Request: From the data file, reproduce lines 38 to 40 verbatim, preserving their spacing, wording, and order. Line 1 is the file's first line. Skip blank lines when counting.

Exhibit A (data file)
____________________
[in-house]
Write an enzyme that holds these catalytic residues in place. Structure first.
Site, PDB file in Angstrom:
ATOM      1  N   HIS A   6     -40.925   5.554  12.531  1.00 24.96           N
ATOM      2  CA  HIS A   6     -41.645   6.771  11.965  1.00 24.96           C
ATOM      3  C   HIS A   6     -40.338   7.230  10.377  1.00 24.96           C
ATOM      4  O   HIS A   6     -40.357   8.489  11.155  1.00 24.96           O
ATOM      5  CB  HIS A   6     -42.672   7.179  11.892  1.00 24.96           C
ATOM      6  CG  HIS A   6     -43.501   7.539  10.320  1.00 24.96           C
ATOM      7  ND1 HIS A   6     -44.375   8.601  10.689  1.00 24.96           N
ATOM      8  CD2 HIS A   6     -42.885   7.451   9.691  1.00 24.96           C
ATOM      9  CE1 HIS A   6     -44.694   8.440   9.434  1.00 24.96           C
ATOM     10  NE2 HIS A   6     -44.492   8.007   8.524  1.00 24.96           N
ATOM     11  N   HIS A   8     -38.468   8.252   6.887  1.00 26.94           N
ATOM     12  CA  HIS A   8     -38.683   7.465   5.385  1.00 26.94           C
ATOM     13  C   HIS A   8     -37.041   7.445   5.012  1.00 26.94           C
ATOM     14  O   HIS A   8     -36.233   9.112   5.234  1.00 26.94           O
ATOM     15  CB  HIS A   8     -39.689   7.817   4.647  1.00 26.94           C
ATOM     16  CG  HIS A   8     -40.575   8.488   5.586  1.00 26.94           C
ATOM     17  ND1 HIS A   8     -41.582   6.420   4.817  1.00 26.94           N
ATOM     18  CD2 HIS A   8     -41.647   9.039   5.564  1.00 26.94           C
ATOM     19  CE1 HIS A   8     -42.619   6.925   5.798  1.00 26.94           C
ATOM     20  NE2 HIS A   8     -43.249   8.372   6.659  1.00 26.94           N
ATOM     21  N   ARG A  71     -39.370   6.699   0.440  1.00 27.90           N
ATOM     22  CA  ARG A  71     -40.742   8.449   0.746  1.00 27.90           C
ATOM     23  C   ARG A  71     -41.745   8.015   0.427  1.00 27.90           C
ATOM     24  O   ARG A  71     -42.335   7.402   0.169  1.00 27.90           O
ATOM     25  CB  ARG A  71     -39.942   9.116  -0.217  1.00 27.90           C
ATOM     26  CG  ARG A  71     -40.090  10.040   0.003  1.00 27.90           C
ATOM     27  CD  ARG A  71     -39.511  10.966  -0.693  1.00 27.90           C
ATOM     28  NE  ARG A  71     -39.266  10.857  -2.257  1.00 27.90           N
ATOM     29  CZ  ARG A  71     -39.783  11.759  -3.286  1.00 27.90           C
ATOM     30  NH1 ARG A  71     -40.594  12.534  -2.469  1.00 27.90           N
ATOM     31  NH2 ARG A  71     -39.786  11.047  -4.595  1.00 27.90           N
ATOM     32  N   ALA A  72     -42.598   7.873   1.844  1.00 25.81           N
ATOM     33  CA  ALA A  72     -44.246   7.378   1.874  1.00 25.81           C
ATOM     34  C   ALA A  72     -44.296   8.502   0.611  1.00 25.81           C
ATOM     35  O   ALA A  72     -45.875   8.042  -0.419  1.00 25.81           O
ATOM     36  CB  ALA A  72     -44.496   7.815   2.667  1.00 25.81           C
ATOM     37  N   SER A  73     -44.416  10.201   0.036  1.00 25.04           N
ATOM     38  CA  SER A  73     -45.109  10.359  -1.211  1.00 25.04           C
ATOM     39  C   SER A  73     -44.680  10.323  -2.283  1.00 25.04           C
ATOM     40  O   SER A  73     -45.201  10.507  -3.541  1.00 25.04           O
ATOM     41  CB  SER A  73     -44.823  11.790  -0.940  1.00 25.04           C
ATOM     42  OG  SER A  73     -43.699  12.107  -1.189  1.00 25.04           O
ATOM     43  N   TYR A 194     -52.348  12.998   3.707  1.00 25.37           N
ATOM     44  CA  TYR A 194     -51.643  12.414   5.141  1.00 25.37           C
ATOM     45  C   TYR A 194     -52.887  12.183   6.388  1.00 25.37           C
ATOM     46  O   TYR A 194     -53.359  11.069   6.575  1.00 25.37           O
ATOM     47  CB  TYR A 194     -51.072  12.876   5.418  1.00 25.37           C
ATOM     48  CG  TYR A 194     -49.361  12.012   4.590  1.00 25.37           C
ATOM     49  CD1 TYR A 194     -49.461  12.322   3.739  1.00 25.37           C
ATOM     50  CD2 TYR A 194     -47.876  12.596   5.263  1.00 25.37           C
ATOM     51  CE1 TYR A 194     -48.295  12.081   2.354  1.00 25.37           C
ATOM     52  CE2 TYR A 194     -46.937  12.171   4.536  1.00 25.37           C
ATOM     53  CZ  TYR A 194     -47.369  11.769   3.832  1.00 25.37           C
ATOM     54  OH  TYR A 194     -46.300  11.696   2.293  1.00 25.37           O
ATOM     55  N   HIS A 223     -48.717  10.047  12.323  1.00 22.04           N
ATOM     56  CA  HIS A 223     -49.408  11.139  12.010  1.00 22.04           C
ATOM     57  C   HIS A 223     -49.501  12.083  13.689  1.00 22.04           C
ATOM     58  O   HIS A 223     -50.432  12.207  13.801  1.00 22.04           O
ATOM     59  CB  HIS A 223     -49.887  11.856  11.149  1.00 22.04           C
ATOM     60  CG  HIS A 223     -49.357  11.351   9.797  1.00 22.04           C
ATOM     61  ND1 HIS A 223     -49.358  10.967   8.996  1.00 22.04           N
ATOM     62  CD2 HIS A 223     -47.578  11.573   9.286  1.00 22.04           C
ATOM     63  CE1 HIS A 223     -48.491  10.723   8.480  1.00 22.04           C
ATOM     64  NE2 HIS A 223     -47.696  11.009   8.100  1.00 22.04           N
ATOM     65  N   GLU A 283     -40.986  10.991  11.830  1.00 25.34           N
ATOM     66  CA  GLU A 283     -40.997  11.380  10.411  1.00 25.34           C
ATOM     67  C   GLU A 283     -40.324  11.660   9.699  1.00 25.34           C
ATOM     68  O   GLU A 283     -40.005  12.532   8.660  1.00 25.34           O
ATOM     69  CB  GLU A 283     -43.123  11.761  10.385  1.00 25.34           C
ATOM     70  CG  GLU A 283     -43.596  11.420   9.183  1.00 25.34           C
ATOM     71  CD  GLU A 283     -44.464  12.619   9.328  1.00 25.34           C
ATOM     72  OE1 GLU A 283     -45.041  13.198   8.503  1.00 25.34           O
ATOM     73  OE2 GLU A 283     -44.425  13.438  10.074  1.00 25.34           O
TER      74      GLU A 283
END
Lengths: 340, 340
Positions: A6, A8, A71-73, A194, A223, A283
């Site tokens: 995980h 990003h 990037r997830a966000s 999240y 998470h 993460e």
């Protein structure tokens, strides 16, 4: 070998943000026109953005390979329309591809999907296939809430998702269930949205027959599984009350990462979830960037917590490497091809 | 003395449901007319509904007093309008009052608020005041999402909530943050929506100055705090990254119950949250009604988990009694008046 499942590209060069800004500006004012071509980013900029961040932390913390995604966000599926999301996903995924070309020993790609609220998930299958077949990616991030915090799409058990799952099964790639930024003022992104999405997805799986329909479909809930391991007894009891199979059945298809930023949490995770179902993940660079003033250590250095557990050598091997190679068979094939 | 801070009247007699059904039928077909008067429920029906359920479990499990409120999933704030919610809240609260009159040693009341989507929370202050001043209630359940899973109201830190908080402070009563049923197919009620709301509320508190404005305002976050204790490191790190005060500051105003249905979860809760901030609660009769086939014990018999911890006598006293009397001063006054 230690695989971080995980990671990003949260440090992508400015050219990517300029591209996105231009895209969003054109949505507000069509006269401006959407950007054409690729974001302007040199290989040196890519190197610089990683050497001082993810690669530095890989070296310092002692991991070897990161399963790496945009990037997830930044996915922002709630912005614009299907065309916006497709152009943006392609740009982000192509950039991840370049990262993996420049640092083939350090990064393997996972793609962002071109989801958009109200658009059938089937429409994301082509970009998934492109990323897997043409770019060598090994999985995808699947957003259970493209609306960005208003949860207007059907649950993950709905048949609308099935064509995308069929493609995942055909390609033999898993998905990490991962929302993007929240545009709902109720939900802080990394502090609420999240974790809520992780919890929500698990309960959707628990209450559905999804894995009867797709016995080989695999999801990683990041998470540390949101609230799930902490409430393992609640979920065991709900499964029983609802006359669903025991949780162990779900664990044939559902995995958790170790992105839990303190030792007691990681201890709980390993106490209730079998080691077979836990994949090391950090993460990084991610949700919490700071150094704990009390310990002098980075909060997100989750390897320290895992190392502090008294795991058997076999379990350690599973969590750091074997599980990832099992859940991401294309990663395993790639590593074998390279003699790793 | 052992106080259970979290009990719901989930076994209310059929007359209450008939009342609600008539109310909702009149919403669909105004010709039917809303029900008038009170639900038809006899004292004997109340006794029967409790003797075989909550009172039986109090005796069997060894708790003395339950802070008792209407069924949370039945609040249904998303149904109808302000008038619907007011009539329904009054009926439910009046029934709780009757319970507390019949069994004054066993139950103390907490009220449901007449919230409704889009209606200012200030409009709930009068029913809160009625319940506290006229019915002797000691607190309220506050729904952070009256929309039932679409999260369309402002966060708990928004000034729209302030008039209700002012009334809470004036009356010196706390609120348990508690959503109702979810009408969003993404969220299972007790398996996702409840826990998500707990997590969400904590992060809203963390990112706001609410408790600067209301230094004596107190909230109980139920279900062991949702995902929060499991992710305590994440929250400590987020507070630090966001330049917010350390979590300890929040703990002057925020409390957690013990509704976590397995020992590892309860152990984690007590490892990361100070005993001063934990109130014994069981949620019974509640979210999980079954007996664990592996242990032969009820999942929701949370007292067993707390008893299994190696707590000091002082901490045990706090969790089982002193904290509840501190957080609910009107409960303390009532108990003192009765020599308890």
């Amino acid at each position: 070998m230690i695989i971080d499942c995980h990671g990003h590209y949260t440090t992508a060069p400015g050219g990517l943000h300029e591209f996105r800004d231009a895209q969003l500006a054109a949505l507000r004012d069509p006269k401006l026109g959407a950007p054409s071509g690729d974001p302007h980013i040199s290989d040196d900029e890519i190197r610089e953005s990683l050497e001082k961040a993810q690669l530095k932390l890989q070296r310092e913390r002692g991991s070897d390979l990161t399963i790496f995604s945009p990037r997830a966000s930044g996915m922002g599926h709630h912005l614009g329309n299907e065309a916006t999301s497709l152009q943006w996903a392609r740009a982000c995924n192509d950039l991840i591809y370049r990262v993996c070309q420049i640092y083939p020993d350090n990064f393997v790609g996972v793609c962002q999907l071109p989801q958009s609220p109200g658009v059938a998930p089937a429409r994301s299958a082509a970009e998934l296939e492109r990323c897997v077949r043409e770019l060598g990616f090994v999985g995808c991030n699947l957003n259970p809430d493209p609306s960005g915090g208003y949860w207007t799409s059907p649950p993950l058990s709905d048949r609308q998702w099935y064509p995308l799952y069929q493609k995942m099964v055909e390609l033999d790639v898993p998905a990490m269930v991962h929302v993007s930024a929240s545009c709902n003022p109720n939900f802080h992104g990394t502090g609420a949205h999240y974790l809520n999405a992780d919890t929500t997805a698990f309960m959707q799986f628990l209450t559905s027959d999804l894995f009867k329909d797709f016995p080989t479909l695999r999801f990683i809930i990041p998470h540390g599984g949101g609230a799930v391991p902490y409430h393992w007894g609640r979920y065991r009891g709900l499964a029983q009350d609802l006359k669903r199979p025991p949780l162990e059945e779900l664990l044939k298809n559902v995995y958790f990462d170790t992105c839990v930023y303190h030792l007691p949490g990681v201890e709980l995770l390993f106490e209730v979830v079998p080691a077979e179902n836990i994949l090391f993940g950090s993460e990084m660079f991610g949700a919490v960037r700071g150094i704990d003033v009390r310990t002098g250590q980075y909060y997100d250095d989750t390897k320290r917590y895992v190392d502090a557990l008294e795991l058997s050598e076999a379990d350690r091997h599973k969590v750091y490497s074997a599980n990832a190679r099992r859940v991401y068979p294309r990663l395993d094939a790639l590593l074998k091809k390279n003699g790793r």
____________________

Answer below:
ATOM     35  O   ALA A  72     -45.875   8.042  -0.419  1.00 25.81           O
ATOM     36  CB  ALA A  72     -44.496   7.815   2.667  1.00 25.81           C
ATOM     37  N   SER A  73     -44.416  10.201   0.036  1.00 25.04           N